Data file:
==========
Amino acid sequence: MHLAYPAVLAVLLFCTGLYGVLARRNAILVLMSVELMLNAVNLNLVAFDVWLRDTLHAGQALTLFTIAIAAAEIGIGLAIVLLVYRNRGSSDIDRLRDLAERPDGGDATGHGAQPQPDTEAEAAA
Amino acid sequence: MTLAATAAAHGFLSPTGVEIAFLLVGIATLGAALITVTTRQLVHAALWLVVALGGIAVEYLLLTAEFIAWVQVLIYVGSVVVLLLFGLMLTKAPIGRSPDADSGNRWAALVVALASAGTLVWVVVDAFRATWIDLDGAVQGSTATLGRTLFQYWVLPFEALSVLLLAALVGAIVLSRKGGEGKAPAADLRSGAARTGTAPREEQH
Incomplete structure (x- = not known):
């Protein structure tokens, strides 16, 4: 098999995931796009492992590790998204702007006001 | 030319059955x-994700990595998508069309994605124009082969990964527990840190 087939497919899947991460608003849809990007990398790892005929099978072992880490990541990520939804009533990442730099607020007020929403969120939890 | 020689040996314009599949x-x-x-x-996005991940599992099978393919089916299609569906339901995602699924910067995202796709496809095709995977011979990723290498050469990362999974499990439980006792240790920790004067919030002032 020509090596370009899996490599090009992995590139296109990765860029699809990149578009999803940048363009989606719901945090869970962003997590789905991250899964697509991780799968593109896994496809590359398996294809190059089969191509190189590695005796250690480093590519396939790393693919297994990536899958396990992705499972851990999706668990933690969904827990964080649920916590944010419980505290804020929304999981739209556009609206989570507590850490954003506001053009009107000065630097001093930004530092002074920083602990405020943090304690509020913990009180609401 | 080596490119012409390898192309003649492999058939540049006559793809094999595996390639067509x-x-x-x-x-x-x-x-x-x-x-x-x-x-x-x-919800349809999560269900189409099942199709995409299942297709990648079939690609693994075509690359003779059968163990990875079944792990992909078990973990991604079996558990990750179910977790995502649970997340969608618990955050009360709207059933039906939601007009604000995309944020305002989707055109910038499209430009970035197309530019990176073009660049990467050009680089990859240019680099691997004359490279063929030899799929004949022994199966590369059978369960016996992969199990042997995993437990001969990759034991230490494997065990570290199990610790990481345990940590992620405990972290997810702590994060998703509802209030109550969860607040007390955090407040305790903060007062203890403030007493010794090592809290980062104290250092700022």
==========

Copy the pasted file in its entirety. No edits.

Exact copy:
Amino acid sequence: MHLAYPAVLAVLLFCTGLYGVLARRNAILVLMSVELMLNAVNLNLVAFDVWLRDTLHAGQALTLFTIAIAAAEIGIGLAIVLLVYRNRGSSDIDRLRDLAERPDGGDATGHGAQPQPDTEAEAAA
Amino acid sequence: MTLAATAAAHGFLSPTGVEIAFLLVGIATLGAALITVTTRQLVHAALWLVVALGGIAVEYLLLTAEFIAWVQVLIYVGSVVVLLLFGLMLTKAPIGRSPDADSGNRWAALVVALASAGTLVWVVVDAFRATWIDLDGAVQGSTATLGRTLFQYWVLPFEALSVLLLAALVGAIVLSRKGGEGKAPAADLRSGAARTGTAPREEQH
Incomplete structure (x- = not known):
């Protein structure tokens, strides 16, 4: 098999995931796009492992590790998204702007006001 | 030319059955x-994700990595998508069309994605124009082969990964527990840190 087939497919899947991460608003849809990007990398790892005929099978072992880490990541990520939804009533990442730099607020007020929403969120939890 | 020689040996314009599949x-x-x-x-996005991940599992099978393919089916299609569906339901995602699924910067995202796709496809095709995977011979990723290498050469990362999974499990439980006792240790920790004067919030002032 020509090596370009899996490599090009992995590139296109990765860029699809990149578009999803940048363009989606719901945090869970962003997590789905991250899964697509991780799968593109896994496809590359398996294809190059089969191509190189590695005796250690480093590519396939790393693919297994990536899958396990992705499972851990999706668990933690969904827990964080649920916590944010419980505290804020929304999981739209556009609206989570507590850490954003506001053009009107000065630097001093930004530092002074920083602990405020943090304690509020913990009180609401 | 080596490119012409390898192309003649492999058939540049006559793809094999595996390639067509x-x-x-x-x-x-x-x-x-x-x-x-x-x-x-x-919800349809999560269900189409099942199709995409299942297709990648079939690609693994075509690359003779059968163990990875079944792990992909078990973990991604079996558990990750179910977790995502649970997340969608618990955050009360709207059933039906939601007009604000995309944020305002989707055109910038499209430009970035197309530019990176073009660049990467050009680089990859240019680099691997004359490279063929030899799929004949022994199966590369059978369960016996992969199990042997995993437990001969990759034991230490494997065990570290199990610790990481345990940590992620405990972290997810702590994060998703509802209030109550969860607040007390955090407040305790903060007062203890403030007493010794090592809290980062104290250092700022």